It was his show, his name appeared big, so it was a surprise to no one when Gov. Rick Scott blew his own horn Tuesday in front of an audience of mostly Scott's invited guests, media, party and national leaders at the "Economic Growth Summit" in Orlando.
Scott pointed to his record on the economy as a model for whoever wins the 2016 presidential election.
“The next president has to do what we’ve done in Florida to turn around the national economy,” the governor said, insisting his plan of “less taxes, less regulation” and smaller government was paying off in the Sunshine State.
Some of the leading possibilities to be the 2016 Republican presidential nominee -- including candidates with strong ties to Florida -- didn't miss their chance to make an impression on the Sunshine State.
The occasion was sponsored by Let's Get To Work, the unofficial campaign fund Scott established in 2010. With its ability to receive unlimited contributions, LGTW raised almost $100 million for Scott's two election campaigns. Though the campaigns are over, the fund is not. It has transformed into a multipurpose political advocacy organization that runs TV commercials, pushing Scott's legislative agenda. It paid for the "Economic Growth Summit."
The event Tuesday saw seven potential Republican presidential candidates focus on economics. Six Republicans appeared: former Gov. Jeb Bush of Florida, Gov. Chris Chrisite of New Jersey, former Gov. Mike Huckabee of Arkansas, Gov. Bobby Jindal of Louisiana, former Gov. Rick Perry of Texas and Gov. Scott Walker of Wisconsin. Due to Senate votes on the Patriot Act, U.S. Sen. Marco Rubio, R-Fla., addressed the summit via video. Huckabee and Rubio are already officially running, while Perry is expected to kick off his bid later this week.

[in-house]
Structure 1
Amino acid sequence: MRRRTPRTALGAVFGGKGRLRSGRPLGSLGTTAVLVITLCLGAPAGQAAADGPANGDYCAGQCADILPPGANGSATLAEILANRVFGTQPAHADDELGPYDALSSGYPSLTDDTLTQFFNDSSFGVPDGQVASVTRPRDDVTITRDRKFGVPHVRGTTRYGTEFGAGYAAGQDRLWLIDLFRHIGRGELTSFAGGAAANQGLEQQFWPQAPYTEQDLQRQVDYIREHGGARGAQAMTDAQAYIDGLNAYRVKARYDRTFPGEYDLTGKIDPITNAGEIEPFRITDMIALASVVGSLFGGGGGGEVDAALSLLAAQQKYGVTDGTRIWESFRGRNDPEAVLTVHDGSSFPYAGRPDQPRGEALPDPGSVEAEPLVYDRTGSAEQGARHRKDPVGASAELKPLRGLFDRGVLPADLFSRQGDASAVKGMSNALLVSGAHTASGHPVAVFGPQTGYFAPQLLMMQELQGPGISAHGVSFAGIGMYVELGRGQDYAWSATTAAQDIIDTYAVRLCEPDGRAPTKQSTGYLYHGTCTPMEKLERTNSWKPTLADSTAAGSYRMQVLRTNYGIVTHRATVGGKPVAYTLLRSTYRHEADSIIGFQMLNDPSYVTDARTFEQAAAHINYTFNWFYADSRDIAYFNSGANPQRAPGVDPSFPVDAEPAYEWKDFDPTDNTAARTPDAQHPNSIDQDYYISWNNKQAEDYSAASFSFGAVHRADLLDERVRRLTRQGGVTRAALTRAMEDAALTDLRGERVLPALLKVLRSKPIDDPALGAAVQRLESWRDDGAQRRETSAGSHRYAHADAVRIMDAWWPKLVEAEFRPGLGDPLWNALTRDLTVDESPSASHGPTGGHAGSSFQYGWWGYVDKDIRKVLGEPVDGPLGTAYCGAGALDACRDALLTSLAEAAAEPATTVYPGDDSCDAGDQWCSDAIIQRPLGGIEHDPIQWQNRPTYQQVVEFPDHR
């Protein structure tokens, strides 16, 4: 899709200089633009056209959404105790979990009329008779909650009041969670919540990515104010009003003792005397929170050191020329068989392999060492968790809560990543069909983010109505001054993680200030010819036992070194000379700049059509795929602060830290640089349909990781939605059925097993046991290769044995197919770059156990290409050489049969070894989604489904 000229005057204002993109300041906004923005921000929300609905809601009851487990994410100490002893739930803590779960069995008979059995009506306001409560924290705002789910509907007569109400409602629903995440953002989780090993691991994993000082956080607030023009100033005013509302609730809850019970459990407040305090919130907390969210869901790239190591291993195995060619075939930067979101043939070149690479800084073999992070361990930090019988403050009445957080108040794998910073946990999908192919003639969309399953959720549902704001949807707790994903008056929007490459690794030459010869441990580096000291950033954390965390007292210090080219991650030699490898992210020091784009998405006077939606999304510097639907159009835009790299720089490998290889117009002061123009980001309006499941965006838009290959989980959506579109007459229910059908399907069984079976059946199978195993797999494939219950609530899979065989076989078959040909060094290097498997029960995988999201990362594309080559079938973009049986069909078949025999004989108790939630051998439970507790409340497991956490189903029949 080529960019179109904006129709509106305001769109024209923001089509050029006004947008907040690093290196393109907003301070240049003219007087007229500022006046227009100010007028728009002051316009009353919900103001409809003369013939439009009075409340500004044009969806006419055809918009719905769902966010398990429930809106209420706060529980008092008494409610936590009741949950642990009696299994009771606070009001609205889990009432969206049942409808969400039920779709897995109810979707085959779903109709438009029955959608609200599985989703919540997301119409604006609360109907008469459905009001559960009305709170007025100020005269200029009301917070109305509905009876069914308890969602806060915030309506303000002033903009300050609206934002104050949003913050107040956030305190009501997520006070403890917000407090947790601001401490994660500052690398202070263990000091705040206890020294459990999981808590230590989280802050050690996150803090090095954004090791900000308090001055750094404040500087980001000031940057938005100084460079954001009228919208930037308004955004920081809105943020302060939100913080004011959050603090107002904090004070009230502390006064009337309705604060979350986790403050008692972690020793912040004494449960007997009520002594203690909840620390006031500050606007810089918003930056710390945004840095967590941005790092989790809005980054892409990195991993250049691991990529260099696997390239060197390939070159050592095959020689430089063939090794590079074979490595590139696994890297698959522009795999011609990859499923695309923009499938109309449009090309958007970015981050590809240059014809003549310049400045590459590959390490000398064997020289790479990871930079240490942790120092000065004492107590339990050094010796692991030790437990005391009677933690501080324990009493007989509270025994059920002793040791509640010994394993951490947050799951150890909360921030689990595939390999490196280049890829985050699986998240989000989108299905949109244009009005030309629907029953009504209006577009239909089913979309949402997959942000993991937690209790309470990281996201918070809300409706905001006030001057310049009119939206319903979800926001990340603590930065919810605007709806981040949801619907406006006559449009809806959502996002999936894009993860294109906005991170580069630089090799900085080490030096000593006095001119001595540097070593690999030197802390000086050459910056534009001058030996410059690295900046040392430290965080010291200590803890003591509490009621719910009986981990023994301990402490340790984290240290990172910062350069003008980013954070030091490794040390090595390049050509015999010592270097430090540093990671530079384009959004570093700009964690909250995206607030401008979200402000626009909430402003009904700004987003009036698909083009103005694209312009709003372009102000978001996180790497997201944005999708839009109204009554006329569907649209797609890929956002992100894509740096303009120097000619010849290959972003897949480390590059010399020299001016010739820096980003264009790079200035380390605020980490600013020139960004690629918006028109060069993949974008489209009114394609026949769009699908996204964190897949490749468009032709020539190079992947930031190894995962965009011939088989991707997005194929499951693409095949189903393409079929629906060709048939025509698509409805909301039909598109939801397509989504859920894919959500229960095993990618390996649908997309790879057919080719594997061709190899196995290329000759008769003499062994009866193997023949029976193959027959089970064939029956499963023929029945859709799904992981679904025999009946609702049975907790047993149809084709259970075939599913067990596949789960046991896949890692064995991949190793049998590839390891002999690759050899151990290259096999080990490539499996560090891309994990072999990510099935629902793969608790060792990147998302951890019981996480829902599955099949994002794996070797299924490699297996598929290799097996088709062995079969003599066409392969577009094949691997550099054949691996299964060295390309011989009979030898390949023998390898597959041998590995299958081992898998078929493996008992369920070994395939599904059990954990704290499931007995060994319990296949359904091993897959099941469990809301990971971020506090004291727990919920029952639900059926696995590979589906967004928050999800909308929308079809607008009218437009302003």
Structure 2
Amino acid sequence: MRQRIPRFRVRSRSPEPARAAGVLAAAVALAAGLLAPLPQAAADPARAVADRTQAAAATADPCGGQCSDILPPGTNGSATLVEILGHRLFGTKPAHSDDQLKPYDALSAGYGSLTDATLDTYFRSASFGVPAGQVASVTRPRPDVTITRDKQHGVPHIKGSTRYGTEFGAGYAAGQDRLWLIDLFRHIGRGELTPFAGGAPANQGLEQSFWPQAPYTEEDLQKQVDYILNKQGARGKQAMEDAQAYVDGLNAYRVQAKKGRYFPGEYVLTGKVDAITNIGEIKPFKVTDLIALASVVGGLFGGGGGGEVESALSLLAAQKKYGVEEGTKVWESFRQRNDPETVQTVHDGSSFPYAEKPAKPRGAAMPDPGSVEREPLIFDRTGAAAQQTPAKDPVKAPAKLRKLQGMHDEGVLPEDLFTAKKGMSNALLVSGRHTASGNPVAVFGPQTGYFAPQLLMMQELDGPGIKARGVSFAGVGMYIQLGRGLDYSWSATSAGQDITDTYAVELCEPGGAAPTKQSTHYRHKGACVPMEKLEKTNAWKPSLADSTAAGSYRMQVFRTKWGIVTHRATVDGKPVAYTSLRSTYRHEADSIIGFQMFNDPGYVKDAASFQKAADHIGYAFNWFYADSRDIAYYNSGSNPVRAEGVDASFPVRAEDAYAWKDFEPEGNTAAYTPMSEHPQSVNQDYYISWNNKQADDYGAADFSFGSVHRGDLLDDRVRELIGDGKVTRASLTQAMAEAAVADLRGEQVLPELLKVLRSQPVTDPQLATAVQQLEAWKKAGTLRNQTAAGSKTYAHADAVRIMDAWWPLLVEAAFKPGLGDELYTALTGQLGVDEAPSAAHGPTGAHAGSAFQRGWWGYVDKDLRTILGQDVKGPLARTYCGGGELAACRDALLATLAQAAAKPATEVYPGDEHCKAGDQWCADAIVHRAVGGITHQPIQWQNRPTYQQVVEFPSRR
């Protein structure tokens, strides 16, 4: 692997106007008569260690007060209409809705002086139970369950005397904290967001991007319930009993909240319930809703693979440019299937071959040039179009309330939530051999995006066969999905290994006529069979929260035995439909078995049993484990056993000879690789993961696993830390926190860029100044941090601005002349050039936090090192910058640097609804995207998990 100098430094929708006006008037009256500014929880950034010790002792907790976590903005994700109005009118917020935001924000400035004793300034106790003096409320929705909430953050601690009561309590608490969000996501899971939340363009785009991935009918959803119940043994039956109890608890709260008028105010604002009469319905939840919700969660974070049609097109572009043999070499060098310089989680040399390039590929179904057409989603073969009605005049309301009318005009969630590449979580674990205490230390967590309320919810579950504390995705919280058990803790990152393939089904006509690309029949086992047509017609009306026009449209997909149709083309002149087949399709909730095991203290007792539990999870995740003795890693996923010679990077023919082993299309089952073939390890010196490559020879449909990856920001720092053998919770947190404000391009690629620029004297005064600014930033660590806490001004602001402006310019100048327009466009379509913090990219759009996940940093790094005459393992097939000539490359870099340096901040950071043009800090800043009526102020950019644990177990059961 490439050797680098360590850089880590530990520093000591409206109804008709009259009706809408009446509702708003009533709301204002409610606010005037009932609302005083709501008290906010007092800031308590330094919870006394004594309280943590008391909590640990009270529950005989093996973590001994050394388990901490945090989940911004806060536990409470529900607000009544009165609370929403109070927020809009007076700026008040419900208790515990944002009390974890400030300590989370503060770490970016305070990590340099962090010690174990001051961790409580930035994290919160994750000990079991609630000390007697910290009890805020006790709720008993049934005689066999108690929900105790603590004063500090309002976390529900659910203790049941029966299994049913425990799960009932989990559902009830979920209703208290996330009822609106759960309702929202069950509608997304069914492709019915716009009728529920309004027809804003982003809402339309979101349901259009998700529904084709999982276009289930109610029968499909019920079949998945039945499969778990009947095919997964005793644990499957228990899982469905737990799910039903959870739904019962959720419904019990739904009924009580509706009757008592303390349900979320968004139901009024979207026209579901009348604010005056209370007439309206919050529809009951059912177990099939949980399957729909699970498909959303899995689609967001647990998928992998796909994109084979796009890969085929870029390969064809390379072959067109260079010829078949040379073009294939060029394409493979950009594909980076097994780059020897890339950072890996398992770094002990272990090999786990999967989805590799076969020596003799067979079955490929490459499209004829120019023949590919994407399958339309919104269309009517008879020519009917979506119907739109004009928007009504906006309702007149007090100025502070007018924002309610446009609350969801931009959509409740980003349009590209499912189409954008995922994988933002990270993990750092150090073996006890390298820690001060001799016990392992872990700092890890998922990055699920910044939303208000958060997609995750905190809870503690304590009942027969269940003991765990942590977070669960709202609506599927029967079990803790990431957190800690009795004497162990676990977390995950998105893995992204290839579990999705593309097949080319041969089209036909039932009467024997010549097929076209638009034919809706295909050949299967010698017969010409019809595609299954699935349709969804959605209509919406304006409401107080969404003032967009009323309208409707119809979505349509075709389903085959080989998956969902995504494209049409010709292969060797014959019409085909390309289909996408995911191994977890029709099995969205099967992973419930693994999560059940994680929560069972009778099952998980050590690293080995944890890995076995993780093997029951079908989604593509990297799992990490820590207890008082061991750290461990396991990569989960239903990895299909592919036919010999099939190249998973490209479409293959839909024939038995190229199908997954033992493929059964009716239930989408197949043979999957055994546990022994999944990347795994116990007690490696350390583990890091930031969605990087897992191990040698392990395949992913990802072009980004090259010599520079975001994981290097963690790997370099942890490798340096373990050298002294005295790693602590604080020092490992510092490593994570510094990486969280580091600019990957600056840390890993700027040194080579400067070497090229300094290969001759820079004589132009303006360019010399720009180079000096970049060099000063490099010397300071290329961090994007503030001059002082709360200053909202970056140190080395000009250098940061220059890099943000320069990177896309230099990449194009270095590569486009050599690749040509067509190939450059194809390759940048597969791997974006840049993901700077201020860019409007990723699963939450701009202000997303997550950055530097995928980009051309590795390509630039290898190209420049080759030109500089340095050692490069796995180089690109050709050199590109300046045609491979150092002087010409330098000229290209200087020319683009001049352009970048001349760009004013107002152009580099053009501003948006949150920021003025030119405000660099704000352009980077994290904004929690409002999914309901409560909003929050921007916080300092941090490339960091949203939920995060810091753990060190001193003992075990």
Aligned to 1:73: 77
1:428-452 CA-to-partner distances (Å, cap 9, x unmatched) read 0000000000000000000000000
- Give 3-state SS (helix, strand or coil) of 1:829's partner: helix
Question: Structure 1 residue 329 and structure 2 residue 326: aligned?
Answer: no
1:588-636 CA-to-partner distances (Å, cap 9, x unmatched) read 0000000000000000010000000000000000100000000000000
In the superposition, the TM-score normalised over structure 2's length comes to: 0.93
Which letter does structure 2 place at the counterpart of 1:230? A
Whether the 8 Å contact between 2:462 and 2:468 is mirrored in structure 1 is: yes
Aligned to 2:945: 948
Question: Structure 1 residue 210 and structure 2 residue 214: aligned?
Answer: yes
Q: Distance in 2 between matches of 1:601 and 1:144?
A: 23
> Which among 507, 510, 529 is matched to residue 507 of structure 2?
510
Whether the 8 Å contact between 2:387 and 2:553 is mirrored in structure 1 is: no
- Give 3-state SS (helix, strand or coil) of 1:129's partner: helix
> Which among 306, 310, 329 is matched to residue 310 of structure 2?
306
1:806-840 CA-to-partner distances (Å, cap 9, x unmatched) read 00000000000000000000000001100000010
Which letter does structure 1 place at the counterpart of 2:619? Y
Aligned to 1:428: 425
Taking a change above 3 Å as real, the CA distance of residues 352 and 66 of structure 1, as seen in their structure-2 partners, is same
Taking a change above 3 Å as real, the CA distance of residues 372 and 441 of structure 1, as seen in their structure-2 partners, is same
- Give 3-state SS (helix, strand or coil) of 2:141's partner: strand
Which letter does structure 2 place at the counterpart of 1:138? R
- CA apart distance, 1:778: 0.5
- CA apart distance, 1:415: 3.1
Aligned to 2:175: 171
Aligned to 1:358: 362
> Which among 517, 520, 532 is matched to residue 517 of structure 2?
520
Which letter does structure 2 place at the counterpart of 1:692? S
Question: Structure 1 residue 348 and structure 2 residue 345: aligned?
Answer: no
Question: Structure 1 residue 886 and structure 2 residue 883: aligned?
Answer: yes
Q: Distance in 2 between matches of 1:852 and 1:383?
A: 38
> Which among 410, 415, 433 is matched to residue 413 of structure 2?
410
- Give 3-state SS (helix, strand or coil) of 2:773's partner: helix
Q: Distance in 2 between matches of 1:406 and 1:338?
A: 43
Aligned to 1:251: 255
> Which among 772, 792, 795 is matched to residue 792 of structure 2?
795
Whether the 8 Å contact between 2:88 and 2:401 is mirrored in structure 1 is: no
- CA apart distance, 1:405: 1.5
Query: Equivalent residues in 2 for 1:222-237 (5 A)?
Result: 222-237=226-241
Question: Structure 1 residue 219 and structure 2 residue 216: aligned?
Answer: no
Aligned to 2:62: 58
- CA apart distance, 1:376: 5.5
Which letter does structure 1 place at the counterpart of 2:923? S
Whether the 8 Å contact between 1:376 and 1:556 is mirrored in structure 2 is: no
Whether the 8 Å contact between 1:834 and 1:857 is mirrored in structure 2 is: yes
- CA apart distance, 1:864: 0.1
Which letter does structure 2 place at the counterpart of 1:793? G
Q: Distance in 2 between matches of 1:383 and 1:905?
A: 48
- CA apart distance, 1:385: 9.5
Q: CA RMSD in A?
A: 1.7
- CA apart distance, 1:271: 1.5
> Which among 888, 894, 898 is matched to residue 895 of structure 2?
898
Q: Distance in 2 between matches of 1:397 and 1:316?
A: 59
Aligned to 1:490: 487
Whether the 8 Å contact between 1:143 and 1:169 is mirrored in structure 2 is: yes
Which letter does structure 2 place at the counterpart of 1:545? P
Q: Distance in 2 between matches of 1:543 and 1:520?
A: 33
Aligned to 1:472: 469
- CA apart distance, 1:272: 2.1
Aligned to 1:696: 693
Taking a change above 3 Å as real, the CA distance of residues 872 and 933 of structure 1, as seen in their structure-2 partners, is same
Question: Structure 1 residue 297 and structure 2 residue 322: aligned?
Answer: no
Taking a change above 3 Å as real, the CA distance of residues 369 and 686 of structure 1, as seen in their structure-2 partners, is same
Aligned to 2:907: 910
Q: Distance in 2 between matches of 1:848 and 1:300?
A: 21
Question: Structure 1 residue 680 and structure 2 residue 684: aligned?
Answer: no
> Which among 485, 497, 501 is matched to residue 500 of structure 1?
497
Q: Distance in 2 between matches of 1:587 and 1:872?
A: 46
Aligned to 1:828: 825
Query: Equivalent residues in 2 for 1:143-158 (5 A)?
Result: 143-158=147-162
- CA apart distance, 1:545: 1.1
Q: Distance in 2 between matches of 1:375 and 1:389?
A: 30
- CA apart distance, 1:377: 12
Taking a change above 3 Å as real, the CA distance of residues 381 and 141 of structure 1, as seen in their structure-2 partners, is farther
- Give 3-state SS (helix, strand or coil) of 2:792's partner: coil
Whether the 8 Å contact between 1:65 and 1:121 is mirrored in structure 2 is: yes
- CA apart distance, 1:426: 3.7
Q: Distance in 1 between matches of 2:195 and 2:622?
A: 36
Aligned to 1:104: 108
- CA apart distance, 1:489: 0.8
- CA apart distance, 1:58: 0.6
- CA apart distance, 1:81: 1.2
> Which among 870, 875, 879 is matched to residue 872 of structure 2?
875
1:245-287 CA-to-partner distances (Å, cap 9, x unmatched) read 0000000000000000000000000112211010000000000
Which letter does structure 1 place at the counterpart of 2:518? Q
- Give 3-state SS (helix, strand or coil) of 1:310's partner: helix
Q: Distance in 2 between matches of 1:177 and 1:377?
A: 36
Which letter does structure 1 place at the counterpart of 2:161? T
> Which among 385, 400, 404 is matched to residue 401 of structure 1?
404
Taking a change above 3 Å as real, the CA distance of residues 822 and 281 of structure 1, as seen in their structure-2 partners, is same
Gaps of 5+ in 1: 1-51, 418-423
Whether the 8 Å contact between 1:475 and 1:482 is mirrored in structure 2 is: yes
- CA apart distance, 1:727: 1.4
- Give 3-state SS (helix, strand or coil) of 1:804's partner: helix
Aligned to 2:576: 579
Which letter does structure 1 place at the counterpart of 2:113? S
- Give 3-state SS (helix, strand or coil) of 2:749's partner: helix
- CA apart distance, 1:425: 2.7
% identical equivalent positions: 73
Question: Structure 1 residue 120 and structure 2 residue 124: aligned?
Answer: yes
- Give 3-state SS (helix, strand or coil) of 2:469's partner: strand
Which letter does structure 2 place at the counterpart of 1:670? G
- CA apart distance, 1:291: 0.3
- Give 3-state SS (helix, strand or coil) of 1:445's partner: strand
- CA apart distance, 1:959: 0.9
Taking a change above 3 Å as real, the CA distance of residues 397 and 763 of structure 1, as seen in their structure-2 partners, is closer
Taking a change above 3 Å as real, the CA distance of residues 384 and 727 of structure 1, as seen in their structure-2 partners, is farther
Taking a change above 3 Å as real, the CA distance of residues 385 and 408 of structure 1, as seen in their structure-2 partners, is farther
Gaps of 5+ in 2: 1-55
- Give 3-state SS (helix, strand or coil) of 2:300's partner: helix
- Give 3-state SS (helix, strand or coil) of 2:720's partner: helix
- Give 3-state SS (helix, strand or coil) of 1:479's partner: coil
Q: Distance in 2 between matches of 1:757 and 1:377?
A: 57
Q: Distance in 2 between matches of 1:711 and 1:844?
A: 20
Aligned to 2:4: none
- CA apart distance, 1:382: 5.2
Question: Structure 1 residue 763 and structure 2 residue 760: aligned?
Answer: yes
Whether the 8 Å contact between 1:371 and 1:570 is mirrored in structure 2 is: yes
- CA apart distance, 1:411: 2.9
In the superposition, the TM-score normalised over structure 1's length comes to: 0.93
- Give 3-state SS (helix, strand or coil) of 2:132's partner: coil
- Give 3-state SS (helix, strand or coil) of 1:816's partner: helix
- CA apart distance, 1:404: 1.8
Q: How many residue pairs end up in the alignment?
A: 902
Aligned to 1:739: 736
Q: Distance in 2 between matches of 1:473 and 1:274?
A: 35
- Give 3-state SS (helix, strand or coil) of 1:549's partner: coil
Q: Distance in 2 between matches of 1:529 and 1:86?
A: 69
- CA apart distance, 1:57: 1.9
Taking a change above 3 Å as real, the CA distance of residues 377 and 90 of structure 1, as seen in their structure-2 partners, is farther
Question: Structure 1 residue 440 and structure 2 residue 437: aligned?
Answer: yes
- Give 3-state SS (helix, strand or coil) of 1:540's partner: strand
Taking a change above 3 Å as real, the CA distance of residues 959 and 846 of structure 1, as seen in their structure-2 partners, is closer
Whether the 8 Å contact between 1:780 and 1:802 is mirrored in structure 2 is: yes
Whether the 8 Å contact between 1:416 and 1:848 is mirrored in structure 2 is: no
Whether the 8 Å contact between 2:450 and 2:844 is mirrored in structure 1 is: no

Saying he could not miss the Senate vote, playing up his campaign theme of a “New American Century," Rubio called for new leadership to deal with the challenges of the changing economy and talked about his parents who achieved the American dream after immigrating from Cuba.
“We are facing the most significant period of change since the Industrial Revolution,” Rubio said in the video. “And yet, instead of benefiting from the opportunities that come with this transformation, our people are held back by the challenges that it presents. While our economy is transforming, our policies and our leaders are not. Our outdated leaders continue to cling to outdated ideas."
Rubio insisted high taxes and heavy regulations were not working in the global economy and is leading to companies refusing to invest in America. If elected, Rubio said, he would “revolutionize higher education,” cut regulations, slash government and lower taxes.
Bush stressed his conservative credentials, including cutting taxes and shrinking the public payroll during his two terms in Tallahassee. He pointed out that Florida was only behind California when it came to job creation during his time in office. Bush also stressed the importance of reforming workers' comp and torts.
Looking at his record in office, Bush said his proudest accomplishment was education, including supporting more school choice options. He also pointed toward Estonia’s tax process -- which can be done quickly online -- as a model to emulate.
Huckabee, who moved to the Florida Panhandle after his 2008 presidential bid, hammered President Barack Obama for taking $700 billion from Medicare to pay for his federal health-care law. The former Arkansas governor also called for allowing the importation of prescription drugs from Canada and attacked proposals to cut Social Security.
“Not only has the government stolen from you, now it's going to lie to you,” Huckabee said about proposals to cut Social Security. “That is not only a recipe for political suicide, but economic suicide.
"The greatest way to save Social Security, Medicare and this country is to grow the economy,” Huckabee added. "The better way to help Social Security and Medicare is to pass the Fair Tax ... not to just tinker with the tax code."